A few weeks back, I sat down (virtually, of course) with Andrew Connell (@AndrewConnell) and Chris Johnson (@LoungeFlyZ) to record an episode of the Microsoft Cloud Show. Andrew was in Florida, I was in Boston, and Chris was way around the world in New Zealand. Ah, the wonders of modern technology.
The only place to stay up to date on everything going on in the Microsoft cloud world including Azure and Office 365.
Whether you are new to the cloud, old hat or just starting to consider what the cloud can do for you this podshow is the place to find all the latest and greatest news and information on what’s going on in the cloud universe. Join long time Microsoft aficionados and SharePoint experts Andrew Connell and Chris Johnson as they dissect the noise and distill it down, read between the lines and offer expert opinion on what is really going on. Just the information … no marketing … no BS, just two dudes telling you how they see it.
I was honored to be the very first guest on the show, which already had 15 excellent episodes in the can.
In Episode 016 – Interview with Marc Anderson on Recent Changes Impacting Customers on Office 365, we talked about a number of extremely important things that have been going on with Office365 lately.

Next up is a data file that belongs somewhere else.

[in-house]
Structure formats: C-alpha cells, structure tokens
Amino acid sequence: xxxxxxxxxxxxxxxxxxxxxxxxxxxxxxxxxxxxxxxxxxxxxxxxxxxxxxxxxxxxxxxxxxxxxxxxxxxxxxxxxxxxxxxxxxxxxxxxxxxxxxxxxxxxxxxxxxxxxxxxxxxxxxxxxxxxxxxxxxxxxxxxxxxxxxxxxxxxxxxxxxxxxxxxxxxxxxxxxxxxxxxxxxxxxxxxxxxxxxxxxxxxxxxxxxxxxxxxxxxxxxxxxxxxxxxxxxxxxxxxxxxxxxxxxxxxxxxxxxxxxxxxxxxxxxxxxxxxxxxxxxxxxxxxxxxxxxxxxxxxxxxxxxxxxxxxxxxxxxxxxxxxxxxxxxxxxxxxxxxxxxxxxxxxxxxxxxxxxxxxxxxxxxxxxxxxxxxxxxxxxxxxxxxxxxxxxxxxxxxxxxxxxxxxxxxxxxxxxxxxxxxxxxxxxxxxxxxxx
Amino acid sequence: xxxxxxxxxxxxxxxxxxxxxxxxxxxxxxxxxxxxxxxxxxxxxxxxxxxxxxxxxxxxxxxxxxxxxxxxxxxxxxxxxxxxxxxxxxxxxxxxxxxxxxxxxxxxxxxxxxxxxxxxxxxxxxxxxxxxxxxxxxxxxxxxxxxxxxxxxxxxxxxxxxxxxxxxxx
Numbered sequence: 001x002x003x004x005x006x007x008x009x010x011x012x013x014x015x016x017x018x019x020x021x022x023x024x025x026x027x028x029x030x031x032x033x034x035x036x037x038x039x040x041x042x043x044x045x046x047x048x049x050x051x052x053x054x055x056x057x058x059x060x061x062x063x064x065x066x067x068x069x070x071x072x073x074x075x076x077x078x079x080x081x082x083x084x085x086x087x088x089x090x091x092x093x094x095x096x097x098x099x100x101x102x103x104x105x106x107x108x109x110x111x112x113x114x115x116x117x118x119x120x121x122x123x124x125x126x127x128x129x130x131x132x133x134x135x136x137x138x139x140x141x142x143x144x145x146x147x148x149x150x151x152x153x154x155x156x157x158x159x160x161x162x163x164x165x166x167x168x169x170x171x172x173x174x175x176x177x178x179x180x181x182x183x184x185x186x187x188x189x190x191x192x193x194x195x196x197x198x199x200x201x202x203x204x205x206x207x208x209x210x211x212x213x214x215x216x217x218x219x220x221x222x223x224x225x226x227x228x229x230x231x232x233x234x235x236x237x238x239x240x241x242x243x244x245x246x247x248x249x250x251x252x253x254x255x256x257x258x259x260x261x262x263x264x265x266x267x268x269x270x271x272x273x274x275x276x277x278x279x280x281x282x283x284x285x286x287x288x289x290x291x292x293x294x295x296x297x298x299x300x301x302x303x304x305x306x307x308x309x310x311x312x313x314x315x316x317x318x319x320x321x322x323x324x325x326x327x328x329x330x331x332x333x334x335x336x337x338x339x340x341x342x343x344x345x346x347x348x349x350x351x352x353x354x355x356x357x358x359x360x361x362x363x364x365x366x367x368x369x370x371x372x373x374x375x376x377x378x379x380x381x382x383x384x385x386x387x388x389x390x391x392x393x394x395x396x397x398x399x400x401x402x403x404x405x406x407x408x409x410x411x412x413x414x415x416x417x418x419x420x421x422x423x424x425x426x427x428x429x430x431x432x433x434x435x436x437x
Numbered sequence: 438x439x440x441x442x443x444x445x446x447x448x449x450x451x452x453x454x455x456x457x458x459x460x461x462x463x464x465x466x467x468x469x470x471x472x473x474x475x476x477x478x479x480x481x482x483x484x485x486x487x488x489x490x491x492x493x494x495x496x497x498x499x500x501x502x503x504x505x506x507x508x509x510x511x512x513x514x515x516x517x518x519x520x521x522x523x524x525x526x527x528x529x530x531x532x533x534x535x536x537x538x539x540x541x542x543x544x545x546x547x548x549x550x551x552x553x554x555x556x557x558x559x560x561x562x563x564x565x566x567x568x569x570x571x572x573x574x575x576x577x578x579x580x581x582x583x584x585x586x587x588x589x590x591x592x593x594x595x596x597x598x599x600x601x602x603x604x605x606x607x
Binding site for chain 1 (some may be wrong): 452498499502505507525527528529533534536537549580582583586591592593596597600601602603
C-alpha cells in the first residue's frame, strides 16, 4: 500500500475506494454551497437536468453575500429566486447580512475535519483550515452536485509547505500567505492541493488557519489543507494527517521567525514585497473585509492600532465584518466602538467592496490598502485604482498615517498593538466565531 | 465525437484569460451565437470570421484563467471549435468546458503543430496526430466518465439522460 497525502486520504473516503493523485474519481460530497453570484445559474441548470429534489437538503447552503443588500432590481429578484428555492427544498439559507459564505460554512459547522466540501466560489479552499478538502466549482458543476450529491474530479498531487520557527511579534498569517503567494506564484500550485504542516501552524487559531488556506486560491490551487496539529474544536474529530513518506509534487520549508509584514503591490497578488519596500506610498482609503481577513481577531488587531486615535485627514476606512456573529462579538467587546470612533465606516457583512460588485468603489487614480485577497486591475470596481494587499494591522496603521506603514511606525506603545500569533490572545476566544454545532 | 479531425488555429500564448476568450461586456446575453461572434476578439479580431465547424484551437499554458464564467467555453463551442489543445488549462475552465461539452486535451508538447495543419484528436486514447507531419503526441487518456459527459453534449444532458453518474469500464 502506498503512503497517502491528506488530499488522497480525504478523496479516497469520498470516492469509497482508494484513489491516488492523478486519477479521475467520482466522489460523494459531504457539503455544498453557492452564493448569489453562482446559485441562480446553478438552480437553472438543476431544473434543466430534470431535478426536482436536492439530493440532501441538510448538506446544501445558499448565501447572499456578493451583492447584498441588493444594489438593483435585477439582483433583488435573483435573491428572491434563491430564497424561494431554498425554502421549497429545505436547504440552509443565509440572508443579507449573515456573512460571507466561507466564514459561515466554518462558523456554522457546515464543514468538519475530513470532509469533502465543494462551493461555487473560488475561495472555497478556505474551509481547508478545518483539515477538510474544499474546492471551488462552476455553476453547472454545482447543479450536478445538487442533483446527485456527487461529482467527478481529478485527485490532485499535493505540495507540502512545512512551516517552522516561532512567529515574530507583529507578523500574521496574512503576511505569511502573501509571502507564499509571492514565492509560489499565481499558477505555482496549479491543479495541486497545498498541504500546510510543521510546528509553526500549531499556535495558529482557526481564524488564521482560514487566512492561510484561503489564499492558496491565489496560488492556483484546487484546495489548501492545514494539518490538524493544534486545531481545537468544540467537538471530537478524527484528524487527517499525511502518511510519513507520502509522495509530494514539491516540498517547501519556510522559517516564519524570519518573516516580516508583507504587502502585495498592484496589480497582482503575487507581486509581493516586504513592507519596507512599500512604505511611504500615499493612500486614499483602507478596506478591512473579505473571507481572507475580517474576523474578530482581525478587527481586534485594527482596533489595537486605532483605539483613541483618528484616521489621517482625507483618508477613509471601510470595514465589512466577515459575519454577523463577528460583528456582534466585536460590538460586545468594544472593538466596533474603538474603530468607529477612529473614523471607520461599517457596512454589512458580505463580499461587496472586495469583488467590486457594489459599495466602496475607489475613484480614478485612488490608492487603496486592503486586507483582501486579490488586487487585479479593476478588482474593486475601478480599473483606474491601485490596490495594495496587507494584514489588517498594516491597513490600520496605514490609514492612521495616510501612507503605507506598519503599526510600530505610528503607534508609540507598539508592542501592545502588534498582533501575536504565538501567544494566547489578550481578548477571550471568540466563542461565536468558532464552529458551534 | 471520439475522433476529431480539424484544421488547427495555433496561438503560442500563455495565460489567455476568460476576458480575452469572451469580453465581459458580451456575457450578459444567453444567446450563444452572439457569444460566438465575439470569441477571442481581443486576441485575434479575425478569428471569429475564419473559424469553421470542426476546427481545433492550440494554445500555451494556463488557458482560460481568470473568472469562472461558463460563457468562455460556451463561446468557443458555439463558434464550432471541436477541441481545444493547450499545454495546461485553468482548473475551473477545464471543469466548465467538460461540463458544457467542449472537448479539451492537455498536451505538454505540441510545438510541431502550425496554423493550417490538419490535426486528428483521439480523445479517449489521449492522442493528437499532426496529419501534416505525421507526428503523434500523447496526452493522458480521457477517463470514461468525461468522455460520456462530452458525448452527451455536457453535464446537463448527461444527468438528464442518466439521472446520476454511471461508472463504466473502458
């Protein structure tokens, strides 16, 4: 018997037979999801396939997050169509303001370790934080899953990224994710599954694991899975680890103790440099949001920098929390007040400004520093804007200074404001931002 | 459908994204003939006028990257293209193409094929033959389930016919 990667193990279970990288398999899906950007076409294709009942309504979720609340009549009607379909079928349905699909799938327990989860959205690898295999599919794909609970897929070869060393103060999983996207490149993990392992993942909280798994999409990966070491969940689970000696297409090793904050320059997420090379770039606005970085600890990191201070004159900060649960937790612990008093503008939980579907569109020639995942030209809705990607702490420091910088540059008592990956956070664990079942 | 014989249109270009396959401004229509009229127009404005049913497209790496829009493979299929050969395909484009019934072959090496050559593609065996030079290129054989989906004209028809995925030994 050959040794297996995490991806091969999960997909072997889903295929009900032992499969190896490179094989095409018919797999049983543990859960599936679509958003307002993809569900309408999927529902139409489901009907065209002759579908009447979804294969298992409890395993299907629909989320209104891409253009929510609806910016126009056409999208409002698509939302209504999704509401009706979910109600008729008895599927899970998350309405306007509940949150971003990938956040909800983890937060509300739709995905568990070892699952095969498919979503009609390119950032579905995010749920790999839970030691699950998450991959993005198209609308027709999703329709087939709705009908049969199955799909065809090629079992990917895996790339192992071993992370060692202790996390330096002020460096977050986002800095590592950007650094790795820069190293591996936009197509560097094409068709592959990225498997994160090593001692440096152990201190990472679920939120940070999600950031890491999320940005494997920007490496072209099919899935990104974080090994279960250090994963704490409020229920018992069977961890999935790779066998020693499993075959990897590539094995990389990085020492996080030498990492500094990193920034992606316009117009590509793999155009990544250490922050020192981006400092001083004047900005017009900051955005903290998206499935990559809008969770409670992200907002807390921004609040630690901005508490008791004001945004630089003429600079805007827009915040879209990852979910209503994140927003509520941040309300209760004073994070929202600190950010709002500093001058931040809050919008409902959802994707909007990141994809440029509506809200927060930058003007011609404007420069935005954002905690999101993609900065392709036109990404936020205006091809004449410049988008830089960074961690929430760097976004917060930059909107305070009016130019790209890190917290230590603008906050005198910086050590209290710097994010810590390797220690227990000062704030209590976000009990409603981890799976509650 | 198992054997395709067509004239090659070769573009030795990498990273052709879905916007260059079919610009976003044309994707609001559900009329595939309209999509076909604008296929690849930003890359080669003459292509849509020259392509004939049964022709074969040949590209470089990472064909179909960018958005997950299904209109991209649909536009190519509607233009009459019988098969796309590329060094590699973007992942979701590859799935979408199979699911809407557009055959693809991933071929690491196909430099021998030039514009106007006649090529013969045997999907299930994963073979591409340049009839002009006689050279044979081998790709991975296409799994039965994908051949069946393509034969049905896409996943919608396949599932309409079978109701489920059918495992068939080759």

I had done a post about one issue that has caused me and users of SPServices the most consternation, Office 365 Update Changes ‘Display Name’ on Required Fields and Andrew had posted about a few others one his blog in Office 365 Needs to Treat the UX as an API if Our Customizations are to Stay Off the Server.
Last week, I released SPServices 2014.01, which addresses the title changes (adding ” Required Field” to the title attribute of some required dropdowns), but there’s a bigger set of issues at play here, as Andrew alludes to in his post.
In the podcast, we talked about the impact of these changes as well as the mindset behind them from the Microsoft side.
If you do any client side development with SharePoint – and that’s where everyone is headed – you owe it to yourself to listen to the podcast. You’ll understand more about what changes to the DOM might mean for you as a developer, or even what might happen to you as a user of customizations that rely on the DOM being stable and predictable.
One things seems certain: we’ll see more changes like the ones we discussed in the podcast and they will have an impact on everyone, not just people replying on Office365. (The same issues started to crop up for people who have applied the December 2013 Cumulative Update (CU) for SharePoint 2010 on premises.)
I want to thank Chris and Andrew for inviting me in for a chat. Assuming I didn’t annoy them too much with my scatological terminology, maybe I’ll be able to visit with them again the next time a round of changes like this pop up and cause ripples in the SharePoint time-space continuum.